Mar•a•thon Read: \ˈmer-ə-ˌthän\rēd\ [noun] 1. A book that compels the reader to go from start to finish in less than the time it would take to run a marathon. 2. A book read in one sitting. 3. Long distance reading event.
Welcome to my first Marathon Read of 2009 – Baby Catcher by Peggy Vincent. It has all the qualities of a compelling, easy read -
- Short chapters
- Dramatic plotlines that start and end quickly
- A conversational tone
- High interest to the reader
Why exactly a book about a midwife did this for me, I have no idea, although I suspect heredity might have something to do with it. Midwife memoirs are one of my mother’s pet “genres” (along with books about mountain climbers), and after reading a few choice passages to my smaller sister, she is now whipping through Baby Catcher almost as quickly as I did.
Let me give you this gist of this book. Peggy Vincent was studying to be an obstetrical nurse in the 1960s, a time when childbirth was basically performed upon a woman while they lay, occasionally etherized, on a table. But when a busy day led Peggy to be the sole caretaker of a young mother, one who not only refused painkillers, but who chose to stand on the table when nobody allowed her to walk around the room, her entire view of her future career changed. During the 70s and 80s, Peggy was a part of a midwifery boom that allowed her to make good money attending home births around the San Francisco area, and this book is mostly her memories of that experience. Birth stories abound! They range from the inspiring (reluctant fathers transformed by the appearance of their new children) to scary (sudden complications leading to heart-racing drives to save a life) to downright weird (a recent transexual and his 400-pound prostitute girlfriend? It is San Francisco, I spose!)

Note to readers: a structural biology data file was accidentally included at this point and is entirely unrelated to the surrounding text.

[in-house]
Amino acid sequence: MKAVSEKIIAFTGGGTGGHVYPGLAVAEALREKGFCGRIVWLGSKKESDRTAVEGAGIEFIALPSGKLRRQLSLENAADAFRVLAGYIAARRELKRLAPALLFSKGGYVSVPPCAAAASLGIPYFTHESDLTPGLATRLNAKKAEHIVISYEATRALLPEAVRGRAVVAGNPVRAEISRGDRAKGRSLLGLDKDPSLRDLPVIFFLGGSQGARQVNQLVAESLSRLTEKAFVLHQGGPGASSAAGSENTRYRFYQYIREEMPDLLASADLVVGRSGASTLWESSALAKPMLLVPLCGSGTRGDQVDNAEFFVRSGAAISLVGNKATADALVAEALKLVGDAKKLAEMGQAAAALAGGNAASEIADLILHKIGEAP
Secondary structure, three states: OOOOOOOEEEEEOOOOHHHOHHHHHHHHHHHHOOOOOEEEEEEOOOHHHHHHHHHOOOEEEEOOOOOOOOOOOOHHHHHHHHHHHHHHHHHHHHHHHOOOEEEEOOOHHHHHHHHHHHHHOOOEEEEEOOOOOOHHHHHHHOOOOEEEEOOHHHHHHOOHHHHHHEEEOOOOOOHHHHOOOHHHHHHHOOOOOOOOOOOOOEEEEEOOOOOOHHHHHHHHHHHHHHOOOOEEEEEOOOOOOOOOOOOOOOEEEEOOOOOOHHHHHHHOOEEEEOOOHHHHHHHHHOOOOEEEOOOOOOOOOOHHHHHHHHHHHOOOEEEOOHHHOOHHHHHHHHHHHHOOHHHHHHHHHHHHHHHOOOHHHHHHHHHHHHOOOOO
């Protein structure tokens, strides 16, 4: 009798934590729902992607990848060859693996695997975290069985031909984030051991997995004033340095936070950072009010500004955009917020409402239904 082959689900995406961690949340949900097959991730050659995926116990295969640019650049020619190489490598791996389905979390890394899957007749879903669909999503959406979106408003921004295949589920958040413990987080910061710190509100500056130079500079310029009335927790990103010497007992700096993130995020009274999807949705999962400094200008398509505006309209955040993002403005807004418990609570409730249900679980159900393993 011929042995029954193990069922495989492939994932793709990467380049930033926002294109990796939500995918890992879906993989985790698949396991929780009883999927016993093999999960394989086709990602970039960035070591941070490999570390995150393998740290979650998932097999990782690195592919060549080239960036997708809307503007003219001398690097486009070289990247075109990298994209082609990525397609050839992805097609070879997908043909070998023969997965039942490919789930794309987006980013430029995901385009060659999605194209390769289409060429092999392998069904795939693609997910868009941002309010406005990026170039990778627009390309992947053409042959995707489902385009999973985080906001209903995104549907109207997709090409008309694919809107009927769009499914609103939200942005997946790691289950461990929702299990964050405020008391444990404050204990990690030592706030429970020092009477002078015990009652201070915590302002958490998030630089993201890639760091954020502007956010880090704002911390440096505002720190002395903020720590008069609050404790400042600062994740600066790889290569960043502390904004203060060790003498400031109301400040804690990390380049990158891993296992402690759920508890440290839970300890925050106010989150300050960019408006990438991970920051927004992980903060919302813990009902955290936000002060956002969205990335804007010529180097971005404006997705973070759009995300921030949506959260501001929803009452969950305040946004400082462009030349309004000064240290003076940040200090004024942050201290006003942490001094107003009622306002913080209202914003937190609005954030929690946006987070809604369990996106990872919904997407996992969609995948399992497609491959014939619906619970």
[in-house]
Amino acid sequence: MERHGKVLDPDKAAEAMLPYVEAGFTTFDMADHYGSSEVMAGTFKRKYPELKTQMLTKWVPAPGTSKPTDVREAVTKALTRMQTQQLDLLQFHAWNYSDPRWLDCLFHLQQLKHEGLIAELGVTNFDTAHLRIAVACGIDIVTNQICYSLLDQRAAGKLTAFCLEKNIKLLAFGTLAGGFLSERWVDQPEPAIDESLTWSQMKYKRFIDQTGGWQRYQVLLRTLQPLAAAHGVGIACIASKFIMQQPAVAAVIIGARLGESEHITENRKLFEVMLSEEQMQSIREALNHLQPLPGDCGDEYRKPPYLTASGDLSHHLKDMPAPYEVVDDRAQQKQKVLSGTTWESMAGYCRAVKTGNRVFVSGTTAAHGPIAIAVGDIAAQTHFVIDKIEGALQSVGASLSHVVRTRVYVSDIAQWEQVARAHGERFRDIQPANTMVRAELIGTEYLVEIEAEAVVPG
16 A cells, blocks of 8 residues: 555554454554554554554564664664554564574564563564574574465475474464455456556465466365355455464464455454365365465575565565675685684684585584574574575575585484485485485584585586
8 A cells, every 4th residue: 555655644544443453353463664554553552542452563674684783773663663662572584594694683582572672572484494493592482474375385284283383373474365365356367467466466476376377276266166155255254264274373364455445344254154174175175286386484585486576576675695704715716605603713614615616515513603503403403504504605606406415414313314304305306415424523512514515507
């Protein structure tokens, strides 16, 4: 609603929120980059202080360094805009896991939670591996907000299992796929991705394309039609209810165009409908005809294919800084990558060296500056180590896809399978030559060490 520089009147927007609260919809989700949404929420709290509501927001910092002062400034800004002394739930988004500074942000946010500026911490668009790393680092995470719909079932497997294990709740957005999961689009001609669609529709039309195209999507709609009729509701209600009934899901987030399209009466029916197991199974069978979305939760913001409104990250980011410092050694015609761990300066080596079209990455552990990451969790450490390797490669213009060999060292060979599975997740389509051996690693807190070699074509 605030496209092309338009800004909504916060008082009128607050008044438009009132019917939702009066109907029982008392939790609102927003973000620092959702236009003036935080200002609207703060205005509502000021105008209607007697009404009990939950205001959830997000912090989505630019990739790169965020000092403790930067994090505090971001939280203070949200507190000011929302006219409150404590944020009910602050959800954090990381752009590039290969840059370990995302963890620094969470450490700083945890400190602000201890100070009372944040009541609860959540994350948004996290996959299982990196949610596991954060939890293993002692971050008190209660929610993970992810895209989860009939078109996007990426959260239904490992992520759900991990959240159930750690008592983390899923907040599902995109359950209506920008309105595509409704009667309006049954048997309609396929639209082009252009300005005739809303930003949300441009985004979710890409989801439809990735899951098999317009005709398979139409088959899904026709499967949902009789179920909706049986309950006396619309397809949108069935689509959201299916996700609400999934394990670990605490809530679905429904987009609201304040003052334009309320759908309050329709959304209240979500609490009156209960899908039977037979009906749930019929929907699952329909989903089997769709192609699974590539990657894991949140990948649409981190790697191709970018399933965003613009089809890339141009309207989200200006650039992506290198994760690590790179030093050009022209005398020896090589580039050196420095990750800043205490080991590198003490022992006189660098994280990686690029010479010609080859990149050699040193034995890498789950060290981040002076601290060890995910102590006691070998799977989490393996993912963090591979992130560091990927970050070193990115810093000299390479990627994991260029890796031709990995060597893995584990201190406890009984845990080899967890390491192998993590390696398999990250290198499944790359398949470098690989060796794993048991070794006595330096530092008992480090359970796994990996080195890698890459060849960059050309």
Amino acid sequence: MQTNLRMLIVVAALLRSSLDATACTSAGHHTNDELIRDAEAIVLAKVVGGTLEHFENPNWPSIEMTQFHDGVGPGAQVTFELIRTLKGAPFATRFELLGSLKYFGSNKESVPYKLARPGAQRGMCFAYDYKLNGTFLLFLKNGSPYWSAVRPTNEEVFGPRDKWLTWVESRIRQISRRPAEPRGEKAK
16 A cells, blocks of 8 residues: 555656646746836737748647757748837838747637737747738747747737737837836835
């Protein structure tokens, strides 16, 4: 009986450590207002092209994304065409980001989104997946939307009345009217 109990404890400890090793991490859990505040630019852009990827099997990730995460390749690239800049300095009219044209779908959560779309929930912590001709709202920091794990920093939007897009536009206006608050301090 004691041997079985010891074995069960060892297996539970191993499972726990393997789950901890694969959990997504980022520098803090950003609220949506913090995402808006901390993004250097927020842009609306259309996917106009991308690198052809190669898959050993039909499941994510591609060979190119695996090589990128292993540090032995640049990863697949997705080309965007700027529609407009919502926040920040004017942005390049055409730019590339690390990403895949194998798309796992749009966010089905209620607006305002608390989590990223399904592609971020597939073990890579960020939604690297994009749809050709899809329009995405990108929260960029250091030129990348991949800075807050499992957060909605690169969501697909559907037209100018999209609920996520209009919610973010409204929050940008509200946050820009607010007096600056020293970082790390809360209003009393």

Each birth is a little drama unto itself, and the chapters disappear like a big tub of movie popcorn. You’r so strangely enthralled you don’t notice they’re disappearing.
This book is rather…uh… bloody-gutsy, so if you are squeamish (or would prefer to be etherized when you or your female counterpart give birth) beware. But it might be good medicine, too. Because even after I read about 100s of placentas, people putting hands in places I didn’t think entire hands should go, and all the mess and clean up involved with a home birth…
the book still made me kind of want a million babies.
Little sister agreed.
And you thought we had a big family NOW.